Drug warnings
heart problems
People with heart problems

This drug may increase your risk of heart attack or stroke. If you’ve had a heart attack or stroke, or are at increased risk, your doctor may treat you with the lowest dose of this drug for the shortest period of time. 

high blood pressure
People with high blood pressure

This drug can cause fluid to build up around your heart. This can cause high blood pressure or make high blood pressure worse. Your doctor may monitor you closely if you have high blood pressure or congestive heart failure.

stomach problems
People with stomach problems

This drug increases your risk of ulcer or bleeding from your stomach and intestines. If you have a history of ulcers or bleeding from your stomach or intestines, your doctor may adjust your dose or prescribe a different drug.

kidney problems
People with kidney problems

Taking this drug for a long time can cause damage to your kidneys. Also, if you have kidney problems or a history of kidney disease, you may not be able to clear this drug from your body well. This may increase the levels of this drug in your body and cause more side effects. Tell your doctor if you have kidney disease. If you don’t know if you have kidney disease, your doctor may do a blood test to see how well your kidneys are working.

liver damage
People with liver damage

Tell your doctor if you have liver damage. They may adjust your dose or prescribe a different drug. If you don’t know if you have liver disease, your doctor can do blood tests to see how well your liver is working.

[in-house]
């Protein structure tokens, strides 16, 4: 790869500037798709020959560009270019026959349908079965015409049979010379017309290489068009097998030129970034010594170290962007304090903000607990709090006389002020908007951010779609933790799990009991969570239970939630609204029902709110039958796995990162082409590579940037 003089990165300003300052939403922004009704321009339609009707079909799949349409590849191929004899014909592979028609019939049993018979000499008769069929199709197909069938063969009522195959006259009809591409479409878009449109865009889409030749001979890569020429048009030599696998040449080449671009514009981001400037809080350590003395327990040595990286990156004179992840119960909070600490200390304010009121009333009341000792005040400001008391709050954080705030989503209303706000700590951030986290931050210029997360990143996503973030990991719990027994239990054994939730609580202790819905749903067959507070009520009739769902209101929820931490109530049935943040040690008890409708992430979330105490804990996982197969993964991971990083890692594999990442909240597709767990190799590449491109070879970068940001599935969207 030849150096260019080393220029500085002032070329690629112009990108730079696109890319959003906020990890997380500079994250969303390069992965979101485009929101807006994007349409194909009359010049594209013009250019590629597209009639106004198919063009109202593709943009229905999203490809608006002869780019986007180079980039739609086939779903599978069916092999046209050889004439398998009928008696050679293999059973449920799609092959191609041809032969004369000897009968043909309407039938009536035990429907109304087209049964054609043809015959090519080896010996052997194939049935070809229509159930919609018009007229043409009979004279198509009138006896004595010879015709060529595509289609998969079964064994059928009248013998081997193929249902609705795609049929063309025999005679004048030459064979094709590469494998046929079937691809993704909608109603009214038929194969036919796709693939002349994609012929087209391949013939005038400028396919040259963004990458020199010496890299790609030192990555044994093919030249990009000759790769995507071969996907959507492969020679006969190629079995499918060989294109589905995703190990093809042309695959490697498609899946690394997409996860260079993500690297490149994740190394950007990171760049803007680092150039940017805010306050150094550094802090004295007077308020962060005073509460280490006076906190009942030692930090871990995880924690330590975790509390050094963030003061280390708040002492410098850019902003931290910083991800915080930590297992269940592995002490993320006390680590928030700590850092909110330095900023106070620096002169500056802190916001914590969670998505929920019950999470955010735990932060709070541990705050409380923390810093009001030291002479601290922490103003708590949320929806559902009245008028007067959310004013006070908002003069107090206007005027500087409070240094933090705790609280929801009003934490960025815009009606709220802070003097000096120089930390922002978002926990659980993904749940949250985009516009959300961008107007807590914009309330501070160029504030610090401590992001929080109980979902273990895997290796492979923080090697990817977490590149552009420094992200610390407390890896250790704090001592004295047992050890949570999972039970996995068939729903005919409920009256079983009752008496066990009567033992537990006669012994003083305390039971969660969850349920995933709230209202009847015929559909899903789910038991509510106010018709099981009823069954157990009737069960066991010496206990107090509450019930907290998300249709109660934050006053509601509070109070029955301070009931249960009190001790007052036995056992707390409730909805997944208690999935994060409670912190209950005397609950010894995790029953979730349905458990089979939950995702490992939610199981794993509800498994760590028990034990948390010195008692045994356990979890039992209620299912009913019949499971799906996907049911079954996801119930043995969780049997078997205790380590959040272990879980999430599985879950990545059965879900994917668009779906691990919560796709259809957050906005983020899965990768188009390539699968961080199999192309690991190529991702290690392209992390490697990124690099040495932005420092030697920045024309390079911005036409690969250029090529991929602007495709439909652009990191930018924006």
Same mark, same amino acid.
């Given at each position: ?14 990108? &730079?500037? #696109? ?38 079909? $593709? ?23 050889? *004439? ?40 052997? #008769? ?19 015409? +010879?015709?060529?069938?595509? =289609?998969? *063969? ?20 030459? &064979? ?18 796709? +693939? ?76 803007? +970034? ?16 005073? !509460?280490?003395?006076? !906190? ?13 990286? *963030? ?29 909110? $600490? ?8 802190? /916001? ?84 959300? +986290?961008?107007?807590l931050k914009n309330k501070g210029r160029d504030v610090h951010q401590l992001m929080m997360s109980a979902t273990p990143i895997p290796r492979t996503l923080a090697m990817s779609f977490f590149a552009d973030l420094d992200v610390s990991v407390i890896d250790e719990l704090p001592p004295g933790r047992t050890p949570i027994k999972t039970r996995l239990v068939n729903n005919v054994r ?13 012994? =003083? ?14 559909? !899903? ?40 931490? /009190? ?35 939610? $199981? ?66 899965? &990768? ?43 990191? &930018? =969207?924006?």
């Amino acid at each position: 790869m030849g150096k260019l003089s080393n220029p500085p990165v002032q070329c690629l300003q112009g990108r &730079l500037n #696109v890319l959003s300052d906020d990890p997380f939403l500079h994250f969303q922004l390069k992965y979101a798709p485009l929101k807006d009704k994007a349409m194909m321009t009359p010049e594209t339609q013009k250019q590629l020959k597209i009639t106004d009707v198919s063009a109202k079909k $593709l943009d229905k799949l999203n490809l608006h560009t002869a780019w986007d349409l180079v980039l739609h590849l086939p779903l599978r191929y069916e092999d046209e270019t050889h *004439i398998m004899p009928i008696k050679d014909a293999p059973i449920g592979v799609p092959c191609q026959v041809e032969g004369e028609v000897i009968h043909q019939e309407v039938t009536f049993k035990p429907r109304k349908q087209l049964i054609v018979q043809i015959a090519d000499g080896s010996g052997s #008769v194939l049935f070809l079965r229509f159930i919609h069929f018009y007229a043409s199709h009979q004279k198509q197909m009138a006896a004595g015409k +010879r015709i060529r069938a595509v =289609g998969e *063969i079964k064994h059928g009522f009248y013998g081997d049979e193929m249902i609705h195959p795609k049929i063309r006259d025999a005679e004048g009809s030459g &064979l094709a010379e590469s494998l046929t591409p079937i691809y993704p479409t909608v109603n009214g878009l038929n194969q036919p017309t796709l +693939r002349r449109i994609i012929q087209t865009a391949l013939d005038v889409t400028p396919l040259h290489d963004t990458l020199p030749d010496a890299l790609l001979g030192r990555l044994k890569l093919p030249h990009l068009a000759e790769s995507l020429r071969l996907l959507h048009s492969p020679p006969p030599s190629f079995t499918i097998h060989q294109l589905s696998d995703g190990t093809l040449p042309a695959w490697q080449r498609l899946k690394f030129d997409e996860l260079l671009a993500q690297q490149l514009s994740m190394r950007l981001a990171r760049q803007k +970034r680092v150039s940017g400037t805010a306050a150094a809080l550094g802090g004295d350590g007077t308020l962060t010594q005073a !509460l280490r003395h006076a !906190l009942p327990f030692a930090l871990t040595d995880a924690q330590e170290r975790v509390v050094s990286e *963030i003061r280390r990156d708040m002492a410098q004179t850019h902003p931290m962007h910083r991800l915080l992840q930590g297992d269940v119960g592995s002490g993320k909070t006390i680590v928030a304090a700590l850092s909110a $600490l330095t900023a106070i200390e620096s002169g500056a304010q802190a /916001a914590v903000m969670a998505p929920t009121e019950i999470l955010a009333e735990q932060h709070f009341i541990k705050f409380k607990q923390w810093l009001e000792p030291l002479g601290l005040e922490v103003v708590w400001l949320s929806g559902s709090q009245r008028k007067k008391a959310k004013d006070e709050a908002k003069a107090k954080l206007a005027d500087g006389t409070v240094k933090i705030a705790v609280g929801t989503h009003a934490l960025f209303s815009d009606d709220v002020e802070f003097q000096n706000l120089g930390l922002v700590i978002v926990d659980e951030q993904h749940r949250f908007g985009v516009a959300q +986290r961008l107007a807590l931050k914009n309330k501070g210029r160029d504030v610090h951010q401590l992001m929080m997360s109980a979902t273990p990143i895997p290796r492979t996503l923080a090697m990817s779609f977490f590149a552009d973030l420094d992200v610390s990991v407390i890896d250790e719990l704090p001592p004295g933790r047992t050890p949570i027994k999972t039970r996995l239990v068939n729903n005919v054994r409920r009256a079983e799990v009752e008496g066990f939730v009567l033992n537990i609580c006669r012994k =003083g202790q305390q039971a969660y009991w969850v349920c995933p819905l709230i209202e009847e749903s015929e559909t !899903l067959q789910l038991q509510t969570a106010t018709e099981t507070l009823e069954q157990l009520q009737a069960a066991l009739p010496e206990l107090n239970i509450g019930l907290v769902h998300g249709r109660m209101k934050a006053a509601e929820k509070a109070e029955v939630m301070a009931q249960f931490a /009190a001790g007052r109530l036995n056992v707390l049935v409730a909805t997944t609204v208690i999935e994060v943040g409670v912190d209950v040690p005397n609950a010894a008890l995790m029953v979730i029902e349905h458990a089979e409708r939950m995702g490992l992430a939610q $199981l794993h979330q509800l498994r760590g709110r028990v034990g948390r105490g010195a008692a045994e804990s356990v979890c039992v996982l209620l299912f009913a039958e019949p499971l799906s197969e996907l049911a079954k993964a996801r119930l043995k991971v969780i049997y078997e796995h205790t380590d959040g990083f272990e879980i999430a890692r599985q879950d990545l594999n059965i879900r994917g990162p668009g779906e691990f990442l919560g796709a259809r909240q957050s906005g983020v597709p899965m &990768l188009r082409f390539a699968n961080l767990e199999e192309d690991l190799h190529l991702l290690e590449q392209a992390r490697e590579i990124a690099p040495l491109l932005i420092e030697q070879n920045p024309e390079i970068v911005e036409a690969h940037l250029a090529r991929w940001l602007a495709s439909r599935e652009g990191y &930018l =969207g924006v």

asthma
People with asthma

This drug may make your asthma symptoms worse.

pregnant woman
Pregnant women

This drug falls into one of two pregnancy categories, depending on how far along you are in your pregnancy.

After week 30, this drug is a category D pregnancy drug. That means:

  1. Studies show a risk of adverse effects to the fetus when the mother takes the drug.
  2. This drug should only be used during pregnancy in serious cases where it's needed to treat a dangerous condition in the mother.

You shouldn’t take this drug if you’re 30 weeks pregnant or beyond.

Up until week 30, this drug is a category C pregnancy drug. That means:

  1. Research in animals has shown adverse effects to the fetus when the mother takes the drug.
  2. There haven’t been enough studies done in humans to be certain how the drug might affect the fetus.

Tell your doctor if you’re pregnant or plan to become pregnant.

breastfeeding
Women who are breast-feeding